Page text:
Saturday, 21 January 2017

Post-AER Standard Brews Part I: Best Card and Some Blue Brews

I know that generally I start out talking about a set with Limited Analysis. I may try to do that at some point, but in this case, my time had me tied up after the full set info was released and before Pre-release, so I wasn't able to math it out then, and now... well, there aren't too many things I can think so much to look at there, and I'm far more interested in the constructed shake-up. So I'm going to start out with that - leading with my pick for the best card in the set (for Standard - Fatal Push has to be it for older formats):

Yeah, the land. And 'the' is right, because it's the only one, but it's very, very good. It provides decks that want to play Eldrazi more colorless sources that are actual dual lands. It provides multi-color fixing. And it lets artifact-featuring aggro decks have significantly better mana as well, without needing to play ETB tap lands. Let's start with a deck that's a riff on an old favorite, which Spire of Industry plays a prominent role in:


That's right, Mono U Eldrazi. Here, we have 11 cheap artifacts for the Spire, making it reasonably consistent as a blue source (though not stellar). It's one of a couple major improvements the deck received this set, along with Metallic Mimic and Heart of Kiran. The Mimic is big in e.g. turning your Skyspawners into 3/2 fliers that come with 2/2 scions, which is actually quite a good rate. The land is actually pretty darn important in getting the mana to work out ok - we can run 14 C sources plus 4 Hedron crawlers (and scions from Skyspawner), which should be good enough, I think; 10 islands would normally be light, but getting to supplement with 1-shots off Aether Hub and the Spire, we should be ok there, too. The hard part is definitely getting up to UU for emerging Elder Deep-Fiend, but I think that generally we should be ok.

The sideboard is very rough - you can play these cards, but there are lots of options. Might also note that Stoneforge Masterwork is one - but might be better at home in a deck with more scion-production. To fight the Saheeli Combo, this deck has Heart of Kiran, Thought-Knot Seer, generally having big things to attack, EDF to tap down, and counterspells (plus Warping Wail) to disrupt.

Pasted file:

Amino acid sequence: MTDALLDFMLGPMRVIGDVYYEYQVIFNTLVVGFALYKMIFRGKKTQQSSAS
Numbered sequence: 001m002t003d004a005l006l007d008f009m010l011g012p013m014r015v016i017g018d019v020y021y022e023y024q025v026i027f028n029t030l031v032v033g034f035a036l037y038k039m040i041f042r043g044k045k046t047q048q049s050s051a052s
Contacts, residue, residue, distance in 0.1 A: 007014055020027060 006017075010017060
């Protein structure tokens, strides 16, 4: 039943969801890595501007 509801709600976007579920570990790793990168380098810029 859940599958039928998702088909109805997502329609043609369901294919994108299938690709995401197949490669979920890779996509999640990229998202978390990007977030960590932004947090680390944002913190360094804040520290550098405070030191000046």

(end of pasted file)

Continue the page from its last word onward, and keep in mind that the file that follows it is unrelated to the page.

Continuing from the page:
Another deck that Spire plays into (at least one version of) is possibly the one I'm most excited about for the new Standard - and the deck which, looking at the spoiler, looks like it gained the most from the new set:


We're storming off! Reverse Engineer seems like a huge boon for the deck. Renegade Map are nice split-cards between lands, mana rocks, findable by Glint-Nest Crane, fixing, returnable with Paradoxical Outcome... Ornithopter gives us more free artifacts, which contributes to Improvise as well as Outcome. Metallic Rebuke gives a good counterspell to protect things. Baral makes all your spells cheaper. Whir of Invention gives redundancy. Merchant's Dockhand gives long game. Hope of Ghirapur really protects the combo. Sram helps you draw cards... a lot.

Three Authority of the Consuls are primarily there for Copycat combo, but play against aggro also (and hey, the life is nice). This deck seems really strong to me, and I'm not sure what the mana base should be (mostly, how many lands do we need?), as improvise can make that tricky, and I haven't really sat down to math it out, or test it, so much. But I certainly expect this deck to be a very strong player.... though maybe not this version:


The mono U version has a more streamlined mana base, plays more counters and more Inventor's Fair. We also get to use our freed up slots for access to Padeem, and Foundry Inspector makes more of our artifacts free. The biggest plus is probably the ability to play Engulf the Shore, and that the white cards aren't all that plentiful or great anyway. Out of the board, this deck is sporting an alternative plan to have a huge creature which is cheap and protectable by counters. Not sure if/when these cards are the plan we want to go with, if ever, but want to highlight the possibility.

I'm excited about blue in the format, for the first time in quite a long time. I'll be back soon with more new Standard brews!

Friday, 20 January 2017

Why Copycat Won't Ruin Standard

The bane of Standard players everywhere.... or is it? If you're paying any attention to the discussion of the format, you'll know that this two-card combo has dominated all the talk. And  if you aren't, let me explain - Saheeli's -2 copies Felidar Guardian, which blinks Saheeli on ETB, making it a fresh permanent that hasn't used a loyalty ability yet this turn, which lets it make another hasty Cat Beast, ad infinitum.

I, however, don't think this combo will be the format-destroying scourge most others seem to. Let's dig into why.